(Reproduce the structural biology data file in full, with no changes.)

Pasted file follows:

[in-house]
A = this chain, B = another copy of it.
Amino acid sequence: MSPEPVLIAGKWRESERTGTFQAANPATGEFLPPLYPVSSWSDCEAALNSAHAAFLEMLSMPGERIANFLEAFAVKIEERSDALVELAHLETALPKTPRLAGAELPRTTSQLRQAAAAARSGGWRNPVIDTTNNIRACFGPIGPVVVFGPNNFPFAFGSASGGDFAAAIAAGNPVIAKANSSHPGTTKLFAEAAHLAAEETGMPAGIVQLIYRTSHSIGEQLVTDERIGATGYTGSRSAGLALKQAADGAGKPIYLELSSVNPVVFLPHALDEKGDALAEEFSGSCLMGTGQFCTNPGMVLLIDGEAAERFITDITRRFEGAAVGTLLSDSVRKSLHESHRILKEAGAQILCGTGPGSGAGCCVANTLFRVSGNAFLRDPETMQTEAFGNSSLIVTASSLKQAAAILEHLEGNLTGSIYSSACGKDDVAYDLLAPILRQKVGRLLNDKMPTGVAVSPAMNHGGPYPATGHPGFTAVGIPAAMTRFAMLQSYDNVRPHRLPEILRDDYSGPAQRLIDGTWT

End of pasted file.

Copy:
[in-house]
A = this chain, B = another copy of it.
Amino acid sequence: MSPEPVLIAGKWRESERTGTFQAANPATGEFLPPLYPVSSWSDCEAALNSAHAAFLEMLSMPGERIANFLEAFAVKIEERSDALVELAHLETALPKTPRLAGAELPRTTSQLRQAAAAARSGGWRNPVIDTTNNIRACFGPIGPVVVFGPNNFPFAFGSASGGDFAAAIAAGNPVIAKANSSHPGTTKLFAEAAHLAAEETGMPAGIVQLIYRTSHSIGEQLVTDERIGATGYTGSRSAGLALKQAADGAGKPIYLELSSVNPVVFLPHALDEKGDALAEEFSGSCLMGTGQFCTNPGMVLLIDGEAAERFITDITRRFEGAAVGTLLSDSVRKSLHESHRILKEAGAQILCGTGPGSGAGCCVANTLFRVSGNAFLRDPETMQTEAFGNSSLIVTASSLKQAAAILEHLEGNLTGSIYSSACGKDDVAYDLLAPILRQKVGRLLNDKMPTGVAVSPAMNHGGPYPATGHPGFTAVGIPAAMTRFAMLQSYDNVRPHRLPEILRDDYSGPAQRLIDGTWT